Murthy said Monday that Congress needs to implement legislation that will protect young people from online harassment, abuse and exploitation and from exposure to extreme violence and sexual content.

“The measures should prevent platforms from collecting sensitive data from children and should restrict the use of features like push notifications, autoplay and infinite scroll, which prey on developing brains and contribute to excessive use,” Murthy wrote.

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The surgeon general is also recommending that companies be required to share all their data on health effects with independent scientists and the public, which they currently don’t do, and allow independent safety audits.

Murthy said schools and parents also need to participate in providing phone-free times and that doctors, nurses and other clinicians should help guide families toward safer practices.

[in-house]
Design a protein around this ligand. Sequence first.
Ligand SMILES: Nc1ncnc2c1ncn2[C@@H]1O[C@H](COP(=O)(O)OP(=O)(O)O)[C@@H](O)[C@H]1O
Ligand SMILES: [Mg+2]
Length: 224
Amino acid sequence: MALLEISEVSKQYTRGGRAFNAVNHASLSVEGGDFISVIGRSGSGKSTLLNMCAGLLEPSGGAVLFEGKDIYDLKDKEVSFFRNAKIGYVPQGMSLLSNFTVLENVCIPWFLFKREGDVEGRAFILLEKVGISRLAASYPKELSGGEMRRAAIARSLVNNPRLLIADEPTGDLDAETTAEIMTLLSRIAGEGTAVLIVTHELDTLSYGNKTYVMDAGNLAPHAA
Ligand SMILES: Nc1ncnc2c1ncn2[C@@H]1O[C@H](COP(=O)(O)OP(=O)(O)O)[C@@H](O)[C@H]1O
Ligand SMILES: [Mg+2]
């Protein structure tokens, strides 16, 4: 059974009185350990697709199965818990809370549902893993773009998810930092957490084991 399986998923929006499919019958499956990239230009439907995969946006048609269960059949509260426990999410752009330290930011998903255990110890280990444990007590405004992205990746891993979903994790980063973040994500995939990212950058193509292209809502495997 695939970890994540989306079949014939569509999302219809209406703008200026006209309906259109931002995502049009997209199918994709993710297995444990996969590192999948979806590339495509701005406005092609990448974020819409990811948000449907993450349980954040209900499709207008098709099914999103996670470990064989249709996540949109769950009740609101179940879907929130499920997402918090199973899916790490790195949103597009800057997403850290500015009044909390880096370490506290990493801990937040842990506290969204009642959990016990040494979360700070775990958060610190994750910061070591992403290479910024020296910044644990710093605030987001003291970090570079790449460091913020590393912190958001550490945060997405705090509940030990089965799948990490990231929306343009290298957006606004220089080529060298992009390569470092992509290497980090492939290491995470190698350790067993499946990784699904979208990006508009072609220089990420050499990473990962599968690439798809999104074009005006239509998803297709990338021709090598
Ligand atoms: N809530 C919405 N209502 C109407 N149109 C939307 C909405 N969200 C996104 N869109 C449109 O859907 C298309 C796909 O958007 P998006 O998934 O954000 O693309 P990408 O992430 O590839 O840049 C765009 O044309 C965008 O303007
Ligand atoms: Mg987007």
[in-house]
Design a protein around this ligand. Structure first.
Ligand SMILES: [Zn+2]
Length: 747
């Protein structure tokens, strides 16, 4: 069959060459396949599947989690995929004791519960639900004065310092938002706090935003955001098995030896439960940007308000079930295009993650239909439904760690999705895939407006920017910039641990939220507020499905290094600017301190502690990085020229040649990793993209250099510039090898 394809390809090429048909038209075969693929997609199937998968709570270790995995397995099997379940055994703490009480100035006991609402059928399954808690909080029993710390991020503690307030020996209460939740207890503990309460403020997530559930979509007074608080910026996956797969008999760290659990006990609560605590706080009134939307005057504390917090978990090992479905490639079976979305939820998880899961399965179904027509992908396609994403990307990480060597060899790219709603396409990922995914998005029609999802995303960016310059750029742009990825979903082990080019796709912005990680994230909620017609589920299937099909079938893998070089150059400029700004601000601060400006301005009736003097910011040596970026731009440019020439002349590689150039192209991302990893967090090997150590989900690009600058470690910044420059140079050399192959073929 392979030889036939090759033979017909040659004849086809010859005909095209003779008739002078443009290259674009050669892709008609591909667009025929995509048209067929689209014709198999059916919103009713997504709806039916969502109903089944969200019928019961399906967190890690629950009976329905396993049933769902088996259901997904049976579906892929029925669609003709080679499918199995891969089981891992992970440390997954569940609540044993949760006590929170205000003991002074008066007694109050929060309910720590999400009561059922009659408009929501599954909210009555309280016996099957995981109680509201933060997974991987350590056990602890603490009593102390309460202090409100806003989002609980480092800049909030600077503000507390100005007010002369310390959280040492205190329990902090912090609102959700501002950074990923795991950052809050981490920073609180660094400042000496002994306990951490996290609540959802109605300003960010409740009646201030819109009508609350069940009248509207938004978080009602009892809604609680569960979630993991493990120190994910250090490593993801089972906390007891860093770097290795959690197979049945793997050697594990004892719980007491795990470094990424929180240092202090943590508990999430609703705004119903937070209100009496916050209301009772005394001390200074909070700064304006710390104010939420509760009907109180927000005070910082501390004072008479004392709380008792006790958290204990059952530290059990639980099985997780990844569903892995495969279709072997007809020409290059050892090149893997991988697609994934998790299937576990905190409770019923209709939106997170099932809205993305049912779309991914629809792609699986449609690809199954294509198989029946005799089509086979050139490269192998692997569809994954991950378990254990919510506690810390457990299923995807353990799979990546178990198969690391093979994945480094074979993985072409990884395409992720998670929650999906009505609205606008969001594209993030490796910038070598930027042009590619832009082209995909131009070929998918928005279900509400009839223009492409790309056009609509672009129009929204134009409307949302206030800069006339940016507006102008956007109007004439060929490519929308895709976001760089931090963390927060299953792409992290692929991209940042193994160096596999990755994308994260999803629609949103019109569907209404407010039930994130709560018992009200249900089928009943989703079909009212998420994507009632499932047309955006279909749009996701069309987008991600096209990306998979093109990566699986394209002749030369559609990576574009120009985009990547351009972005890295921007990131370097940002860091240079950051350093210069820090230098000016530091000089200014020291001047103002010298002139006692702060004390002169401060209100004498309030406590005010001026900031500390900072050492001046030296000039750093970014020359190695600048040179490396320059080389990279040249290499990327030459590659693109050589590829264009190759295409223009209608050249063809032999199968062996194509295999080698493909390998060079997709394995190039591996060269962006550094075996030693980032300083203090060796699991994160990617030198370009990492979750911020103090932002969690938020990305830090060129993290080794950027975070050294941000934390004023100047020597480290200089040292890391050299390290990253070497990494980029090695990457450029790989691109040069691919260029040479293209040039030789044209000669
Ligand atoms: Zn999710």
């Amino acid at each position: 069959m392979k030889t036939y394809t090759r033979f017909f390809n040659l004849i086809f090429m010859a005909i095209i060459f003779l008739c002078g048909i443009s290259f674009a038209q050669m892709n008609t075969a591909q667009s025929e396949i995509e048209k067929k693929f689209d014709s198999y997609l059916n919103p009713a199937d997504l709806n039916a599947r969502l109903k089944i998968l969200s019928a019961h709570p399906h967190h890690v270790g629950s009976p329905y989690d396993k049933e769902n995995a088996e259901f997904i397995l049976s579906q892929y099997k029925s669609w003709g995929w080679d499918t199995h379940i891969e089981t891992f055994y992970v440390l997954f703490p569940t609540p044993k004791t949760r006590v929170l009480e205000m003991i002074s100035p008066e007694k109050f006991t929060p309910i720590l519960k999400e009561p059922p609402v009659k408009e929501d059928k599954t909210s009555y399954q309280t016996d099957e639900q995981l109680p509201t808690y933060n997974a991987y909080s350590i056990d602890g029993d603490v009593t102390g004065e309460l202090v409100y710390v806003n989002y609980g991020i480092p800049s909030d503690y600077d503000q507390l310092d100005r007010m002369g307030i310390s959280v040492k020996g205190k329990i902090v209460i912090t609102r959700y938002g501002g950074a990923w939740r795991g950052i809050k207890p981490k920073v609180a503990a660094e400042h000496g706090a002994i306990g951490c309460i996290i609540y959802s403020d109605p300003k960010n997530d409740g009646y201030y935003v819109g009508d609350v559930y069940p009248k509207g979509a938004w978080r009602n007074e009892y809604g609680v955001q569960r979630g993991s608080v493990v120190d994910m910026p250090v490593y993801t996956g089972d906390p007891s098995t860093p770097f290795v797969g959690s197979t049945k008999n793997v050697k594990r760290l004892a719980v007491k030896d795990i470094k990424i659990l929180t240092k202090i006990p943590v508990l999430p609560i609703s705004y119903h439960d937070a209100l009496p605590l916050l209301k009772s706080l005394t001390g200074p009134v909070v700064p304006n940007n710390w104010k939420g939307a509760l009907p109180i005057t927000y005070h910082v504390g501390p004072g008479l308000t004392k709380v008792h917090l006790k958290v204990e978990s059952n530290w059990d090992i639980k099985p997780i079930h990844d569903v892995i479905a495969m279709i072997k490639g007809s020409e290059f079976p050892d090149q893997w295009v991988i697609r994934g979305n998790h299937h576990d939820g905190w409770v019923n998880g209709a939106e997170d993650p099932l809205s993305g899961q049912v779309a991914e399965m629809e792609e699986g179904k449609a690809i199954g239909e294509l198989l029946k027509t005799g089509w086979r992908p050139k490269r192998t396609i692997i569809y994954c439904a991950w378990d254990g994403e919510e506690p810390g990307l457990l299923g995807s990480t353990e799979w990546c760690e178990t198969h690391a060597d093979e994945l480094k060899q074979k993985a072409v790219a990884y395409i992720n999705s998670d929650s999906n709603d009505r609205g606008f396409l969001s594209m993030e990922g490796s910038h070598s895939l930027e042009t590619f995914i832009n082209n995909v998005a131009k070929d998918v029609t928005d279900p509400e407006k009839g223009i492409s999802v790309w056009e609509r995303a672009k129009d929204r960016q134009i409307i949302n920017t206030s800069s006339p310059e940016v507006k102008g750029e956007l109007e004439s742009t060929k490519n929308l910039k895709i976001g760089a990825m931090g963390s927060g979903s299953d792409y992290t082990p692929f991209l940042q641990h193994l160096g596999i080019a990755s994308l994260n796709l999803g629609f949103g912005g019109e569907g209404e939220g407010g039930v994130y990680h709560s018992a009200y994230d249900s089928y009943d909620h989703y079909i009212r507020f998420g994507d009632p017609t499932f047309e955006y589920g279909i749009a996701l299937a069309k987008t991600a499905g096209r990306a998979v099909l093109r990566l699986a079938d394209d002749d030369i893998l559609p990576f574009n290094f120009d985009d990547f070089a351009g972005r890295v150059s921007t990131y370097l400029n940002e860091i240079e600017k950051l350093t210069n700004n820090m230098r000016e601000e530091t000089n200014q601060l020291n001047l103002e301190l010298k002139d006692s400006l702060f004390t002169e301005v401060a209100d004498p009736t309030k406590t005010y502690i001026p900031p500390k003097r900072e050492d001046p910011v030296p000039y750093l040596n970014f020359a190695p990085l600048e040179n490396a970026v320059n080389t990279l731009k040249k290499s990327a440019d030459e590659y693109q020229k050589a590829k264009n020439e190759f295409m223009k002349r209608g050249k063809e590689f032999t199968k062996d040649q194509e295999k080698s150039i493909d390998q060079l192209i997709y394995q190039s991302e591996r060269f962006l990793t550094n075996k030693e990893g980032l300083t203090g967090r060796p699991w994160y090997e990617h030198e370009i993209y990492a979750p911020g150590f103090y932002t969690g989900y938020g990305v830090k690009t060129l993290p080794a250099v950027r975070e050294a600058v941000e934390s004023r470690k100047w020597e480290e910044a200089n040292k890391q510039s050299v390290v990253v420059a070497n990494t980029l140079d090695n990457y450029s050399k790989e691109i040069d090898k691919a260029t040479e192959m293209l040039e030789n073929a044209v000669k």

While Murthy pushes for more to be done about social media in the United States, the European Union enacted groundbreaking new digital rules last year. The Digital Services Act is part of a suite of tech-focused regulations crafted by the 27-nation bloc — long a global leader in cracking down on tech giants.

The DSA is designed to keep users safe online and make it much harder to spread content that’s either illegal, like hate speech or child sexual abuse, or violates a platform’s terms of service. It also looks to protect citizens’ fundamental rights, such as privacy and free speech.

Officials have warned tech companies that violations could bring fines worth up to 6% of their global revenue — which could amount to billions — or even a ban from the EU.

“Parents really are fed up now,” said Steyer of Common Sense Media. “I don’t think that social media companies should bury their heads in the sand. I think they should get on board with this and embrace it in a positive way.

“Unequivocally, social media is a significant contributing factor to this youth mental health crisis. Period.”

KQED’s Rachael Myrow contributed to this story.